Plastic waste is prominent among the multiple, interlinked environmental challenges currently facing the world. Emerging markets have a significant role to play in addressing the issue, both as leading plastic consumers, and in that they are often disproportionately affected.
When it comes to climate change, the problem of the growing use of plastics is sometimes eclipsed by considerations related to fuel emissions. However, plastic production is on the rise, and will account for an increasingly large proportion of emissions going forward.
According to the International Energy Agency, petrochemicals – which are used to make plastic – will account for more than one-third of the growth in global oil demand between now and 2030, and nearly half of growth by 2050.
In this sense, a recent report from US-based environmental group Beyond Plastics argues that “plastic is the new coal”.
A concomitant issue is the proliferation of plastic waste, and the failure of countries to adequately dispose of it.
While developed nations generate the lion’s share of carbon emissions, responsibility for plastic waste is shared more evenly by developed and emerging economies alike.
A 2018 World Bank study found that the US was responsible for 13% of plastic waste, China for 11% and India for 9%. Europe (including Russia) accounted for 20%, while Latin America as a whole generated 11%. The MENA region, meanwhile, accounted for around 6%.
Relatedly, in a recent ranking from the World Bank covering plastic waste generated per capita, Iceland occupied the number one spot, at 187kg per person annually, and the US came in second, at 98kg.
However, barring these exceptions, most of the ranking was populated by emerging nations.
For example, the UAE was 5th, at 70kg, while Saudi Arabia was 7th, at 61kg. Mexico, meanwhile, was 11th, at 50kg, followed by Argentina and Chile.
China and India were relatively far down the list, at 19kg and 17kg, respectively.
Emerging economies therefore have an important role to play in tackling the issue of plastic waste. Furthermore, such countries often bear the brunt of the damage it can cause.
For example, at the recent UN Climate Change Conference (COP26), Walter Roban, the deputy premier of Bermuda, observed that Bermuda’s coastline is being swamped by plastic. However, analysis shows that the vast majority of it comes from elsewhere, and particularly from the US.
Roban consequently urged the US and other larger nations to “aggressively address the issue of disposal of single-use plastics to solve what is a global ocean problem”.
Bermuda itself is set to ban single-use plastics as of next year. In this, it will join a long and growing list of countries seeking to phase out such plastics. China, for example, banned thin plastic bags in 2008, and has since been joined by a number of emerging economies, above all in Africa.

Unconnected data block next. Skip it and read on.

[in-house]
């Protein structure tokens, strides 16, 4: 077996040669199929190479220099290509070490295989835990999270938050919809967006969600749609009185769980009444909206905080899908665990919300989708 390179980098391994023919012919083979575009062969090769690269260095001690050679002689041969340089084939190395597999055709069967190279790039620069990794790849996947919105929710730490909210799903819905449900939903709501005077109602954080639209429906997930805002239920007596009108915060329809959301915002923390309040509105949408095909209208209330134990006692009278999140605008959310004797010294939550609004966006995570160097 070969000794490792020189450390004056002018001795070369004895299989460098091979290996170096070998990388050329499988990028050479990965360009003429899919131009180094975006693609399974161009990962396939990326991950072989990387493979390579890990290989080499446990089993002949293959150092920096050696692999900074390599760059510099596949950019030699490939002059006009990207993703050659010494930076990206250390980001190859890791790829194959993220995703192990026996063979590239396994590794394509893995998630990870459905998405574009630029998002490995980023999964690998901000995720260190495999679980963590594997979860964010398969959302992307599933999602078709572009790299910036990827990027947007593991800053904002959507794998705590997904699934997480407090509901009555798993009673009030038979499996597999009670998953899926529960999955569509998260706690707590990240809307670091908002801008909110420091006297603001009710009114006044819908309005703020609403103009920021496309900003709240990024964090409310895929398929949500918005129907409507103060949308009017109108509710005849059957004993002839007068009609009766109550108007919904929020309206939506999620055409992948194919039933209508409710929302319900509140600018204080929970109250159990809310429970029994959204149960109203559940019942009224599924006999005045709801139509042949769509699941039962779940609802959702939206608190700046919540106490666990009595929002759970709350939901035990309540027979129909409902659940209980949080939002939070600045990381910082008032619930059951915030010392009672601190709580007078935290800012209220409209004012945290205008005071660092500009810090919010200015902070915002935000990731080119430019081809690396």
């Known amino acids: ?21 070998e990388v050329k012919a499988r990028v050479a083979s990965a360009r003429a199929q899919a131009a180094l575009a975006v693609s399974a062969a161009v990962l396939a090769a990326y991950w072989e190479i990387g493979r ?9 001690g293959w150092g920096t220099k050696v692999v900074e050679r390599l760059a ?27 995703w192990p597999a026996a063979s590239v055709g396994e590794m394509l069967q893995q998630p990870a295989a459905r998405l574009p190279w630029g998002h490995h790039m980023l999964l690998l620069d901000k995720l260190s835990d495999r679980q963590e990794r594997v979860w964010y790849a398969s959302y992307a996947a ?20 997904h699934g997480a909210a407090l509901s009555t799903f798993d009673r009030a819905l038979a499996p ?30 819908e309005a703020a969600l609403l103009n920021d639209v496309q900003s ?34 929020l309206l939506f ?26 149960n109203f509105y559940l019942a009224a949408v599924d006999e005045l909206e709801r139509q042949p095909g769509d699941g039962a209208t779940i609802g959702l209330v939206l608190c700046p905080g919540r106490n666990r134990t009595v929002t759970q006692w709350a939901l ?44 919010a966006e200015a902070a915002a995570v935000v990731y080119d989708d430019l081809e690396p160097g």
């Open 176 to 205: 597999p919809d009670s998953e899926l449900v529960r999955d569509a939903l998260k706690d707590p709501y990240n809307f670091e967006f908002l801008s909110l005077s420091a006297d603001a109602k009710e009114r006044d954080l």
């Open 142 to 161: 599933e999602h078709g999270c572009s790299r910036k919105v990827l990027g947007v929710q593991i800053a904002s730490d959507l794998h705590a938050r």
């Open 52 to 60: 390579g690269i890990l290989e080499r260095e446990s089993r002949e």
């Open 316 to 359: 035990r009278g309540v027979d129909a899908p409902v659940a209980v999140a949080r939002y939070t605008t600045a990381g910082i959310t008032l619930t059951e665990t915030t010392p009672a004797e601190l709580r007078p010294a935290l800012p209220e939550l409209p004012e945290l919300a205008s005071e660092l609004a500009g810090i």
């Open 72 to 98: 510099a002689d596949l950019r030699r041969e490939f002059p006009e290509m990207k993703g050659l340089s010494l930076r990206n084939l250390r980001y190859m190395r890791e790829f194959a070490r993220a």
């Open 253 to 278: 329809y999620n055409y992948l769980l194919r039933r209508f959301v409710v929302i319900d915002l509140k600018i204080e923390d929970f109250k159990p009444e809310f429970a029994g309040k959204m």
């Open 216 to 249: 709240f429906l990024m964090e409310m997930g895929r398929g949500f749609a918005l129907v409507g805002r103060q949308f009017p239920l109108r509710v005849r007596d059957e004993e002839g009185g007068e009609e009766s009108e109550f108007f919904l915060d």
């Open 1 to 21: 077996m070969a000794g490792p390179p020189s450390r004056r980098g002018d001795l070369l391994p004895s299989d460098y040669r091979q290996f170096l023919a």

As well as banning single-use plastics, different countries are developing initiatives to address the issue.
To take an example, one of the worst-affected regions in terms of plastic waste is South-east Asia.
In May this year ASEAN member states consequently launched a regional action plan to combat marine debris.
The plan aims to reduce plastic inputs into the system, enhance collection capabilities, minimise leakage and create value for waste reuse. It includes guidelines for countries to phase out single-use plastics, harmonise regional standards on recycling and plastics packaging, and strengthen regional measurement and monitoring of marine debris.
Another approach is to drive innovation in recycling.
In an emblematic example, also from South-east Asia, in 2018 Siam Cement Group (SCG) and Dow Thailand Group unveiled a 220-metre road made from recycled plastics, located inside the Rayong Industrial Estate.
To build it, plastic was collected and cleaned, and then crushed into smaller pieces before being mixed with asphalt. According to Chulalongkorn University's Faculty of Engineering, the recycled road is 15-30% more stable than asphalt concrete and, according to SCG, more resistant to water erosion.
Similarly innovative approaches are increasingly being rolled out around the world. However, more than increasing recycling, some argue that the key to addressing plastic waste is to reduce use and production.
“Circular economy” principles are key to this.
A counterpoint to the “take, make and throw away” linear model, the circular economy denotes an economic system in which products and materials are kept in circulation for as long as possible. In designing things to be as durable, reusable and recyclable as possible, the model places a high importance on efficiency and ecological sustainability, and is underpinned by a shift towards renewable energy sources.
This philosophy has been gaining ground in several emerging regions. In Latin America and the Caribbean, for example, February saw the launch of the Regional Coalition on Circular Economy, an initiative led by the UN Environmental Programme, which aims to increase access to financing for sustainable projects.